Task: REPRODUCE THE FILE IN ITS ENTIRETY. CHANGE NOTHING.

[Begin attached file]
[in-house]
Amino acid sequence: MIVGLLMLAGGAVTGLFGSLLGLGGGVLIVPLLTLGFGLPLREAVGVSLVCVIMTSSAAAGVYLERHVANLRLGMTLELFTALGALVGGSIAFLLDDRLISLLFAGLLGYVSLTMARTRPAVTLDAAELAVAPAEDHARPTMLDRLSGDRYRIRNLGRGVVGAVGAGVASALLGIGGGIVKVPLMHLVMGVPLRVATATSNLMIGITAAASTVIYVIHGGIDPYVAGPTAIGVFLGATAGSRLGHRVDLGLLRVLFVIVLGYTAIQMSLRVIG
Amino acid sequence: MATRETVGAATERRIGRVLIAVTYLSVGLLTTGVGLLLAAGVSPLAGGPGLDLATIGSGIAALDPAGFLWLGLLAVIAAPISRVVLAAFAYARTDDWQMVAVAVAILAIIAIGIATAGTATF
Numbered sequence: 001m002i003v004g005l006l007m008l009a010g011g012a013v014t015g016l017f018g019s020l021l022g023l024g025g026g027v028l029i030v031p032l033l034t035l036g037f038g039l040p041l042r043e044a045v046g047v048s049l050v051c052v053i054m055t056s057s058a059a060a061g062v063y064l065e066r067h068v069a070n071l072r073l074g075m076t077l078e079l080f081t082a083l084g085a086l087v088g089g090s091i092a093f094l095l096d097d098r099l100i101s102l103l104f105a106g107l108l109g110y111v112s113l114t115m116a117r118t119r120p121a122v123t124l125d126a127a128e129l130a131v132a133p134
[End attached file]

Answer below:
[in-house]
Amino acid sequence: MIVGLLMLAGGAVTGLFGSLLGLGGGVLIVPLLTLGFGLPLREAVGVSLVCVIMTSSAAAGVYLERHVANLRLGMTLELFTALGALVGGSIAFLLDDRLISLLFAGLLGYVSLTMARTRPAVTLDAAELAVAPAEDHARPTMLDRLSGDRYRIRNLGRGVVGAVGAGVASALLGIGGGIVKVPLMHLVMGVPLRVATATSNLMIGITAAASTVIYVIHGGIDPYVAGPTAIGVFLGATAGSRLGHRVDLGLLRVLFVIVLGYTAIQMSLRVIG
Amino acid sequence: MATRETVGAATERRIGRVLIAVTYLSVGLLTTGVGLLLAAGVSPLAGGPGLDLATIGSGIAALDPAGFLWLGLLAVIAAPISRVVLAAFAYARTDDWQMVAVAVAILAIIAIGIATAGTATF
Numbered sequence: 001m002i003v004g005l006l007m008l009a010g011g012a013v014t015g016l017f018g019s020l021l022g023l024g025g026g027v028l029i030v031p032l033l034t035l036g037f038g039l040p041l042r043e044a045v046g047v048s049l050v051c052v053i054m055t056s057s058a059a060a061g062v063y064l065e066r067h068v069a070n071l072r073l074g075m076t077l078e079l080f081t082a083l084g085a086l087v088g089g090s091i092a093f094l095l096d097d098r099l100i101s102l103l104f105a106g107l108l109g110y111v112s113l114t115m116a117r118t119r120p121a122v123t124l125d126a127a128e129l130a131v132a133p134